I was in stores throughout the year and it was just incredible to see how our people work so hard through so many obstacles. The pandemic, civil unrest, natural disasters, accelerated customer volume, constant changes to laws and regulations, and staffing disruptions due to leave that were understandable, but it did affect operations. Yet amid all of these challenges, we still reset layouts, managed availability, and we improved quality.

Seth: (01:27:14)
This is a picture of what we refer to as produce 2.0. Our team was able to implement this last year and they did a great job maintaining the department all year with quality and availability. And there were other parts of the store where we struggled with being in stock, but we saw improvements in the recent quarter and our results reflect that. The in-store experience, it’s the foundation of our business. Now I’ve seen a lot of progress recently, specifically in the last quarter.

Seth: (01:27:47)
Of course, we also saw major changes to customer behavior last year. Including nearly three times the digital growth we were expecting before COVID. And we believe that represents lasting permanent change. And that’s why we think this is the time to invest more aggressively in our supply chain, in automation, in technology and in our people. Specifically, those in Omni roles, as we shared today. And we’re showing you the flywheel, so you can see why we feel empowered to make these investments right now. Our overall business is becoming healthier and we have billions of dollars in opportunities, that when scaled, can drive the returns we need. Yes, our investments are about adapting to how customers want to shop, but look at our flywheel and understand that it’s more than that. We’re investing to grow.

Seth: (01:28:47)
Looking at the center of the flywheel, our top priority last year, outside of COVID concerns, was to become even more customer driven. And we’ve done that. We combined our apps and many of our services together. We redesigned stores. We launched Walmart Plus, a valuable and unique proposition that’s simplifying customers’ lives. And for the past year, we’ve been working as a combined organization. One merchandise org, one supply chain org, and one finance organization, for all the items Walmart sells with corporate incentives that are aligned and reflect that.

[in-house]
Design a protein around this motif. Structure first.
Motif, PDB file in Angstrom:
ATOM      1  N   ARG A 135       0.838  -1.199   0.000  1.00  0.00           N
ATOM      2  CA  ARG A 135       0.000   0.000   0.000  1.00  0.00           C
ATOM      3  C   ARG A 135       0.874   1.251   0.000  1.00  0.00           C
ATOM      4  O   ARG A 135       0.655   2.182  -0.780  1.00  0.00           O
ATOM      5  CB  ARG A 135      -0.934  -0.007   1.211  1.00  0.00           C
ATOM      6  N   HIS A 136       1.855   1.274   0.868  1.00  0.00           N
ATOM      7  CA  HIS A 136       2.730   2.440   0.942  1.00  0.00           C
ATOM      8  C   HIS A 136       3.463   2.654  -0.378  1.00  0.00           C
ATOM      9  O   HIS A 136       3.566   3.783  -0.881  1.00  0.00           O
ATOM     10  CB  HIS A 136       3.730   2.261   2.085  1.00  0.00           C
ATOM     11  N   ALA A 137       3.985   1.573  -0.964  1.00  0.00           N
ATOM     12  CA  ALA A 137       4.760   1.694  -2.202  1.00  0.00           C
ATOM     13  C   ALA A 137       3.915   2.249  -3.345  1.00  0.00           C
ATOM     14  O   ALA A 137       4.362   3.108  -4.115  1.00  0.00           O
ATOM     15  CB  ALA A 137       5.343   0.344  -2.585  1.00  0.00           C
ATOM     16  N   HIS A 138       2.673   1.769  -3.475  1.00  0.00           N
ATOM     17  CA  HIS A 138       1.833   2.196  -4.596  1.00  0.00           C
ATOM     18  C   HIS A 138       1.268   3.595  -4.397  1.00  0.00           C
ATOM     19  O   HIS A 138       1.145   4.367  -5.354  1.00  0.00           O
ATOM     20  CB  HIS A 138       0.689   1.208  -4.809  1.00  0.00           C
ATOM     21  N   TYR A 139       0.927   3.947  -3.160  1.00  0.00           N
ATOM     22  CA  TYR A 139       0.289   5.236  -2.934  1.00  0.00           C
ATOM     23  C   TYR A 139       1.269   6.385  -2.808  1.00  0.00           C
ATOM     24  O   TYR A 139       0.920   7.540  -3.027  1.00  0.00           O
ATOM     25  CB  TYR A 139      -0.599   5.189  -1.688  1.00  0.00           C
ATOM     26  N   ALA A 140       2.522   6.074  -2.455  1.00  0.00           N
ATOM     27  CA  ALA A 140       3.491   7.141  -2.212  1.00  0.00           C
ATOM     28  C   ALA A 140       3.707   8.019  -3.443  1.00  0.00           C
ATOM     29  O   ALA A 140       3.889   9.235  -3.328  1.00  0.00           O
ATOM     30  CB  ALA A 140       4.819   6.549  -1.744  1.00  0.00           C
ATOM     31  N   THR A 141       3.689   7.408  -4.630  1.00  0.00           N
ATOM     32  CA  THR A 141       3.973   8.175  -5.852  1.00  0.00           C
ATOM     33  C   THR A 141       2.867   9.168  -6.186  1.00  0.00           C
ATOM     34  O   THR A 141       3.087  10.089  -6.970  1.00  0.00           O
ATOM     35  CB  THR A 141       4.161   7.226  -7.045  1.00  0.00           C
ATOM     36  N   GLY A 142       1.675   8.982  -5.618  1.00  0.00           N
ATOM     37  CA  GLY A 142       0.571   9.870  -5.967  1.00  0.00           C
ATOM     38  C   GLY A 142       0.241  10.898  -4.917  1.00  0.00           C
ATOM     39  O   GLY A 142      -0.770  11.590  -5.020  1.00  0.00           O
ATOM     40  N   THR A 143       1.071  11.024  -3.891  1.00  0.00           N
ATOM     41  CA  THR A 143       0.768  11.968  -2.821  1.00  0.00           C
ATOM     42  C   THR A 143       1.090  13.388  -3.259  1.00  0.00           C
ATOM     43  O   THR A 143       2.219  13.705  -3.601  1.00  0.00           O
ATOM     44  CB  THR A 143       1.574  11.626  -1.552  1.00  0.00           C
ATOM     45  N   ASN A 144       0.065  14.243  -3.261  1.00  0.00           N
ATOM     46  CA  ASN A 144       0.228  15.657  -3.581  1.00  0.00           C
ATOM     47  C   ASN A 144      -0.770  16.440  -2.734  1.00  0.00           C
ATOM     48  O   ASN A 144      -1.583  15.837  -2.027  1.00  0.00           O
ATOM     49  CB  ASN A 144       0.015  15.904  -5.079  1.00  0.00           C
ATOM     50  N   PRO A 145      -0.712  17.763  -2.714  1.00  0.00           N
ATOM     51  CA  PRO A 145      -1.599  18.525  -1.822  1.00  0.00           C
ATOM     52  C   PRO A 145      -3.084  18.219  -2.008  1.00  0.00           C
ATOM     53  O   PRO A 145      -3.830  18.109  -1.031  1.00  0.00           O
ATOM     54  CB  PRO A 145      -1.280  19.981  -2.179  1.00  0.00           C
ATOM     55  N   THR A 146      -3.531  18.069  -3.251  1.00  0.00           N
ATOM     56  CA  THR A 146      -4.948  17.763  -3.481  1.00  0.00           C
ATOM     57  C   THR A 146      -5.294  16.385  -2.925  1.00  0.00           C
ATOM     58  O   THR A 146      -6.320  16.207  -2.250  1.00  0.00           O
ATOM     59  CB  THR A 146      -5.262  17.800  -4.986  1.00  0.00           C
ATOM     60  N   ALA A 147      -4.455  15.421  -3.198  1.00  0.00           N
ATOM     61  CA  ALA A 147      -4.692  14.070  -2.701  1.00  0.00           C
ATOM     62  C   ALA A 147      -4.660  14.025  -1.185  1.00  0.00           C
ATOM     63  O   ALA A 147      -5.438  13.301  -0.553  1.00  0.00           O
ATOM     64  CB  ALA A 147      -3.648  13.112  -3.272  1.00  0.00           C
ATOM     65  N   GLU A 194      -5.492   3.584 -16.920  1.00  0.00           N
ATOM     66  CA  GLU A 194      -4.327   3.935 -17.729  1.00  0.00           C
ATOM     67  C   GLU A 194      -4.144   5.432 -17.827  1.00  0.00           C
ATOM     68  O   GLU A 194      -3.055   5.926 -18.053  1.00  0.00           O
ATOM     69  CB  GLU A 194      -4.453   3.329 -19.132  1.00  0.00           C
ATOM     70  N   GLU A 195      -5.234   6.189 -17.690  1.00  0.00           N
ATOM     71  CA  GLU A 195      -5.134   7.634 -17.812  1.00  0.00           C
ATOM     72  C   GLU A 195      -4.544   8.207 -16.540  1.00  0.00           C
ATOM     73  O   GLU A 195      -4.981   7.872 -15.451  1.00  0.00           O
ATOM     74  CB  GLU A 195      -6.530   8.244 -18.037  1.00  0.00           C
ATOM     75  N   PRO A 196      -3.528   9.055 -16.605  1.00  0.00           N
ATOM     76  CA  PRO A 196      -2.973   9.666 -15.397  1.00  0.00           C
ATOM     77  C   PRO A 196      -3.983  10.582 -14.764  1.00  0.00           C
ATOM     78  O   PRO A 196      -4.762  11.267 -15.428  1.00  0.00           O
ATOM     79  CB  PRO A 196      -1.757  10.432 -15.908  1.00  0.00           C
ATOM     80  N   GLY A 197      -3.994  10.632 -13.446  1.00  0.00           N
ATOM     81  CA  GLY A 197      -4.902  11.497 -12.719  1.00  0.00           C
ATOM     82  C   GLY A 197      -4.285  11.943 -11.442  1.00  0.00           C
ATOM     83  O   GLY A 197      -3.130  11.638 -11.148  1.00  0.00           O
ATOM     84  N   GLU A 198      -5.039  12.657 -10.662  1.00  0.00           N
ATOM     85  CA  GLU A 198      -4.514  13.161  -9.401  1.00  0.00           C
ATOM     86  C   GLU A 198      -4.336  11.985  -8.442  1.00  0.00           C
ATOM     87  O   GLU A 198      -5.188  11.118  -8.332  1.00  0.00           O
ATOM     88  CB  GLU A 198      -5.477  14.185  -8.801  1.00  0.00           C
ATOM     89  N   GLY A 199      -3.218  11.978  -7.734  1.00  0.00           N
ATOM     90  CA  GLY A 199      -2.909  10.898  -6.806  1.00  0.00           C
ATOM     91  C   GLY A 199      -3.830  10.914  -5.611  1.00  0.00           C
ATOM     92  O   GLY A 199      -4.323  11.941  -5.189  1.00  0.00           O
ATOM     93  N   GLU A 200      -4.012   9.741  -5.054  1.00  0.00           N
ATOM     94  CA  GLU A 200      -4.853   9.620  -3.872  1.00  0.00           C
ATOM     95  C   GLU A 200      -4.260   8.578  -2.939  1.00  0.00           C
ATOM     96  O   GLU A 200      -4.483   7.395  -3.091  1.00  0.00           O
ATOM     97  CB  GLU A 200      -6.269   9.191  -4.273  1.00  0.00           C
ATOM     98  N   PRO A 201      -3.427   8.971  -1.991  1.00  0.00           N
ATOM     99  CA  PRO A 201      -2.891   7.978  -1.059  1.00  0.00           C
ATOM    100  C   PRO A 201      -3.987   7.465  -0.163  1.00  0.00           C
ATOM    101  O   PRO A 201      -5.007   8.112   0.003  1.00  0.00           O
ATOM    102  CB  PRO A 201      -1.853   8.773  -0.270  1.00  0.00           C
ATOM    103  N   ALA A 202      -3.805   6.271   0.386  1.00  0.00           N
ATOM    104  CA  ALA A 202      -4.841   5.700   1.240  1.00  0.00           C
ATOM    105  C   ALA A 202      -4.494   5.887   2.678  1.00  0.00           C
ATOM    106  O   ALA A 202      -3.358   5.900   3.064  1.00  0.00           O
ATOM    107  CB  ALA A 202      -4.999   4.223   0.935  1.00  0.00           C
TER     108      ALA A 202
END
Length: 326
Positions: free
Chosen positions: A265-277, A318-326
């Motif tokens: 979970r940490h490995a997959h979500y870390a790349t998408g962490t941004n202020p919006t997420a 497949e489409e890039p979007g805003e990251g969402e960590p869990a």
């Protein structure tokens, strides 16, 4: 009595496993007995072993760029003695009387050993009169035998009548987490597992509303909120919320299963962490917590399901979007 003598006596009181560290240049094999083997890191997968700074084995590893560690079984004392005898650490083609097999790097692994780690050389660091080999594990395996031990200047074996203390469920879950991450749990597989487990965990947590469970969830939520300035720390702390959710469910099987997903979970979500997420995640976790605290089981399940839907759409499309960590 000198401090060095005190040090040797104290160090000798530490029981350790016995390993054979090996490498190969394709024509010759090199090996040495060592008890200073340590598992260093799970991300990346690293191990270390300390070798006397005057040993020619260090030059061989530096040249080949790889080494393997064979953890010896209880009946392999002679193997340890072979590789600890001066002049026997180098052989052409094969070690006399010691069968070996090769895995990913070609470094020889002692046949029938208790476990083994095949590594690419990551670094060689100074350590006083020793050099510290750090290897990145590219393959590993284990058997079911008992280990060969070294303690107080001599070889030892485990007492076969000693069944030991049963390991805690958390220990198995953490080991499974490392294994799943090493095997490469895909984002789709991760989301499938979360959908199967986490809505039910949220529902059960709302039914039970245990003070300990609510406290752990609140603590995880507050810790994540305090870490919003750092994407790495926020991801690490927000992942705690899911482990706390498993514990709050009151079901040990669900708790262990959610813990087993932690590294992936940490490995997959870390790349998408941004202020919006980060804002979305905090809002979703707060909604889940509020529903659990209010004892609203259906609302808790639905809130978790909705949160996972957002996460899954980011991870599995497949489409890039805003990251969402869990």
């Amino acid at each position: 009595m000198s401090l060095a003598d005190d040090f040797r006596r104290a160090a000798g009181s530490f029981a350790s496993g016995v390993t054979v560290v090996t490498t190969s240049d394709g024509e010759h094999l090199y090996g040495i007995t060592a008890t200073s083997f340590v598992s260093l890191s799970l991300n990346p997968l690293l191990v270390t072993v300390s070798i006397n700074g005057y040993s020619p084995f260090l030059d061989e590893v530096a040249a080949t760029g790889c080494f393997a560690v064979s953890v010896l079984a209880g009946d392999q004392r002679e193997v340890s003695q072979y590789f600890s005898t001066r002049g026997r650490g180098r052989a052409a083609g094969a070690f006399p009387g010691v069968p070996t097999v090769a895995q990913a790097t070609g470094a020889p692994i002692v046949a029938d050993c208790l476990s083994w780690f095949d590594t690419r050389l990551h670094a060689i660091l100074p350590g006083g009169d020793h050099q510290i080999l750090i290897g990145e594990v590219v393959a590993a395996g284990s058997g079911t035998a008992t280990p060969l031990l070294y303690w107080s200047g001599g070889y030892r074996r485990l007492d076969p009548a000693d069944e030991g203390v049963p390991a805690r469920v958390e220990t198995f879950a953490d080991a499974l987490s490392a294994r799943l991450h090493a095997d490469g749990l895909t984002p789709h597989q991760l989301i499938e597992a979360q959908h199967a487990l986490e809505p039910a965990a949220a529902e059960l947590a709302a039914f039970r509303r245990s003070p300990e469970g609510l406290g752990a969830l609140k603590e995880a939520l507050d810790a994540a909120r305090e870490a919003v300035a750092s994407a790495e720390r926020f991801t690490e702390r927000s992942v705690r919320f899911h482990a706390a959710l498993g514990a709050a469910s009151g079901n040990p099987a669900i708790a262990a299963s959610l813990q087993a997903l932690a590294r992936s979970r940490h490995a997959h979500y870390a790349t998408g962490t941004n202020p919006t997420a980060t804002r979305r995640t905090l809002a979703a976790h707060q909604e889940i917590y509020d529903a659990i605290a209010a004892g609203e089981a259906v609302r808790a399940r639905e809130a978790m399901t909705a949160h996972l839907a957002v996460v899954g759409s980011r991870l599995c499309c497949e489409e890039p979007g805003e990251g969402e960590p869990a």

Seth: (01:29:23)
We are now one business representing how the customer sees us. And we’re now better able to identify and attack problems from the mindset of the customer using whichever assets make the most sense. For example, the bag you see in that porch contains items someone ordered from our traditional Walmart.com site, just a few hours before. We have algorithms that tell us when a customer’s Walmart.com order includes items that are sitting in their local store. And when it makes sense, we just pick those items from the shelf and we use our Last Mile network to drive them right to the home.

Seth: (01:29:58)
Now, most customers are very surprised the first time this happens, as they’re expecting everything to come in a box a couple of days later. 3,000 of our stores are now doing these deliveries and they’ve added density to our Last Mile business and helped accelerate it. And think of the savings on something like a television that we’re now able to deliver from a store a few miles away, instead of from an FC several states away. And for years, we’ve said that one of our biggest advantages was having 100,000 of the highest demand items within 10 miles of 90% of US households. And this is a way for better leveraging that advantage to serve our customers.

Seth: (01:30:40)
Now looking at primary destination, I’ll add last year we saw the power of [EDLP 01:30:48] and great items like never before. We just delivered an 8.6 comp for the year. We had a historic fourth quarter that was just shy of a hundred billion dollars in sales. Now it’s amazing to think about that because in 1993, the year I joined Walmart, we reported about $55 billion in sales for the year. Well last year, Walmart grew $40 billion, and in the US alone, we grew $29 billion. More than half the volume we reported back in ’93, my first year. And very different from my first year in ’93, last year we picked almost 6 billion items for pickup and delivery. And we were recognized as the most downloaded US shopping app.

Seth: (01:31:42)
The reason you see arrows on the flywheel is that it’s mutually reinforcing. Primary destination is fundamental, then we grow by deepening and expanding that relationship. We see two fundamental paths to expand general merchandise. One is delivering almost all the Supercenter straight to customers’ homes. This is especially important as Walmart Plus grows. The proposition will be, and should be, that you can have almost anything we sell in stores delivered within hours. The new delivery capability, I mentioned, is a big step towards getting there.

Seth: (01:32:16)